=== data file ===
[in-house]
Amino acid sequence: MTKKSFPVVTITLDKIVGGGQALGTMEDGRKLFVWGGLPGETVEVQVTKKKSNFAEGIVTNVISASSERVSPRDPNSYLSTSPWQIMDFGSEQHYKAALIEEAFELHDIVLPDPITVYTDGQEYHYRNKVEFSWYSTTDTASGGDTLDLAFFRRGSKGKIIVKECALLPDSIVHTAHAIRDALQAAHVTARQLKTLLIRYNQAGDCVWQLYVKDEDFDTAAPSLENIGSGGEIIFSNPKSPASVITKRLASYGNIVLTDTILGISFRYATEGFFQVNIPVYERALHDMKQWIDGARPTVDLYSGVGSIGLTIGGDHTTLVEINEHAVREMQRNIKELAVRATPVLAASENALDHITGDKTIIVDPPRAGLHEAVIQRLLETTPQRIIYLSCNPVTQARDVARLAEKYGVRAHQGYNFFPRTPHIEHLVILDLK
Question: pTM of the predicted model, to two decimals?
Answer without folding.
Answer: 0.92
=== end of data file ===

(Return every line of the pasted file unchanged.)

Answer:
[in-house]
Amino acid sequence: MTKKSFPVVTITLDKIVGGGQALGTMEDGRKLFVWGGLPGETVEVQVTKKKSNFAEGIVTNVISASSERVSPRDPNSYLSTSPWQIMDFGSEQHYKAALIEEAFELHDIVLPDPITVYTDGQEYHYRNKVEFSWYSTTDTASGGDTLDLAFFRRGSKGKIIVKECALLPDSIVHTAHAIRDALQAAHVTARQLKTLLIRYNQAGDCVWQLYVKDEDFDTAAPSLENIGSGGEIIFSNPKSPASVITKRLASYGNIVLTDTILGISFRYATEGFFQVNIPVYERALHDMKQWIDGARPTVDLYSGVGSIGLTIGGDHTTLVEINEHAVREMQRNIKELAVRATPVLAASENALDHITGDKTIIVDPPRAGLHEAVIQRLLETTPQRIIYLSCNPVTQARDVARLAEKYGVRAHQGYNFFPRTPHIEHLVILDLK
Question: pTM of the predicted model, to two decimals?
Answer without folding.
Answer: 0.92